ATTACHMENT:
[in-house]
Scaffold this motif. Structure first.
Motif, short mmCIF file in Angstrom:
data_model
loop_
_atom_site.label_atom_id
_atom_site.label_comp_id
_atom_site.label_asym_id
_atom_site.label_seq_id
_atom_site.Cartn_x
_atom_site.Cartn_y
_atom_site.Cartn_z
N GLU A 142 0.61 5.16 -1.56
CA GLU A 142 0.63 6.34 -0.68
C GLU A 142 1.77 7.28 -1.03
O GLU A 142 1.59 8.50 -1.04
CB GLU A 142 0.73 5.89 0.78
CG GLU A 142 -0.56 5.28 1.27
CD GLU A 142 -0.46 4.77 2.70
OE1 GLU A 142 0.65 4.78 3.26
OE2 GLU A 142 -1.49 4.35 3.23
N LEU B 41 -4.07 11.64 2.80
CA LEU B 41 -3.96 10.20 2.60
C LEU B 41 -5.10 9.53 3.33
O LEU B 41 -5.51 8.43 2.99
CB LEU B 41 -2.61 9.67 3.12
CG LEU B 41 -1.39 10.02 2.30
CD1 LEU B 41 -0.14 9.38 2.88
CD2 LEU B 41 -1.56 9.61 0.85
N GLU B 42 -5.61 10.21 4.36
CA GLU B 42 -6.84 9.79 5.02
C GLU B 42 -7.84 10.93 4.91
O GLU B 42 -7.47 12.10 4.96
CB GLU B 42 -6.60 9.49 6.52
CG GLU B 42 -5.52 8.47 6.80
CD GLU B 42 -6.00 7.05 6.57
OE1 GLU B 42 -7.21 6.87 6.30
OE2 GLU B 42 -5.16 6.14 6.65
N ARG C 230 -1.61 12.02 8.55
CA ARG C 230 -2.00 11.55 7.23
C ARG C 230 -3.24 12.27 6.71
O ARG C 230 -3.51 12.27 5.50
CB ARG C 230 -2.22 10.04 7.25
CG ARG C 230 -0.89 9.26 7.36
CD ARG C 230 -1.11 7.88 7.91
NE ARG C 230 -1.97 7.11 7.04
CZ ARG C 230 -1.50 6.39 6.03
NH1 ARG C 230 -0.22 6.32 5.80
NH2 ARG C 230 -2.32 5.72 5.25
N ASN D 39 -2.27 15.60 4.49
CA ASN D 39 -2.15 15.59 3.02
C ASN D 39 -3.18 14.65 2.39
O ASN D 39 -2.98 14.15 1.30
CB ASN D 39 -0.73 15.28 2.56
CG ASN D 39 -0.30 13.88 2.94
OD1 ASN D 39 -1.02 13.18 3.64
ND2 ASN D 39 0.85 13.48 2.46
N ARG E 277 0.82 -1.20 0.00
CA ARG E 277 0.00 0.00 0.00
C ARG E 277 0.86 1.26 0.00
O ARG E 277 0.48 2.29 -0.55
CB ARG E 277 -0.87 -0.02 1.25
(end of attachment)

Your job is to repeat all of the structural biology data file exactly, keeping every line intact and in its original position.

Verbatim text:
[in-house]
Scaffold this motif. Structure first.
Motif, short mmCIF file in Angstrom:
data_model
loop_
_atom_site.label_atom_id
_atom_site.label_comp_id
_atom_site.label_asym_id
_atom_site.label_seq_id
_atom_site.Cartn_x
_atom_site.Cartn_y
_atom_site.Cartn_z
N GLU A 142 0.61 5.16 -1.56
CA GLU A 142 0.63 6.34 -0.68
C GLU A 142 1.77 7.28 -1.03
O GLU A 142 1.59 8.50 -1.04
CB GLU A 142 0.73 5.89 0.78
CG GLU A 142 -0.56 5.28 1.27
CD GLU A 142 -0.46 4.77 2.70
OE1 GLU A 142 0.65 4.78 3.26
OE2 GLU A 142 -1.49 4.35 3.23
N LEU B 41 -4.07 11.64 2.80
CA LEU B 41 -3.96 10.20 2.60
C LEU B 41 -5.10 9.53 3.33
O LEU B 41 -5.51 8.43 2.99
CB LEU B 41 -2.61 9.67 3.12
CG LEU B 41 -1.39 10.02 2.30
CD1 LEU B 41 -0.14 9.38 2.88
CD2 LEU B 41 -1.56 9.61 0.85
N GLU B 42 -5.61 10.21 4.36
CA GLU B 42 -6.84 9.79 5.02
C GLU B 42 -7.84 10.93 4.91
O GLU B 42 -7.47 12.10 4.96
CB GLU B 42 -6.60 9.49 6.52
CG GLU B 42 -5.52 8.47 6.80
CD GLU B 42 -6.00 7.05 6.57
OE1 GLU B 42 -7.21 6.87 6.30
OE2 GLU B 42 -5.16 6.14 6.65
N ARG C 230 -1.61 12.02 8.55
CA ARG C 230 -2.00 11.55 7.23
C ARG C 230 -3.24 12.27 6.71
O ARG C 230 -3.51 12.27 5.50
CB ARG C 230 -2.22 10.04 7.25
CG ARG C 230 -0.89 9.26 7.36
CD ARG C 230 -1.11 7.88 7.91
NE ARG C 230 -1.97 7.11 7.04
CZ ARG C 230 -1.50 6.39 6.03
NH1 ARG C 230 -0.22 6.32 5.80
NH2 ARG C 230 -2.32 5.72 5.25
N ASN D 39 -2.27 15.60 4.49
CA ASN D 39 -2.15 15.59 3.02
C ASN D 39 -3.18 14.65 2.39
O ASN D 39 -2.98 14.15 1.30
CB ASN D 39 -0.73 15.28 2.56
CG ASN D 39 -0.30 13.88 2.94
OD1 ASN D 39 -1.02 13.18 3.64
ND2 ASN D 39 0.85 13.48 2.46
N ARG E 277 0.82 -1.20 0.00
CA ARG E 277 0.00 0.00 0.00
C ARG E 277 0.86 1.26 0.00
O ARG E 277 0.48 2.29 -0.55
CB ARG E 277 -0.87 -0.02 1.25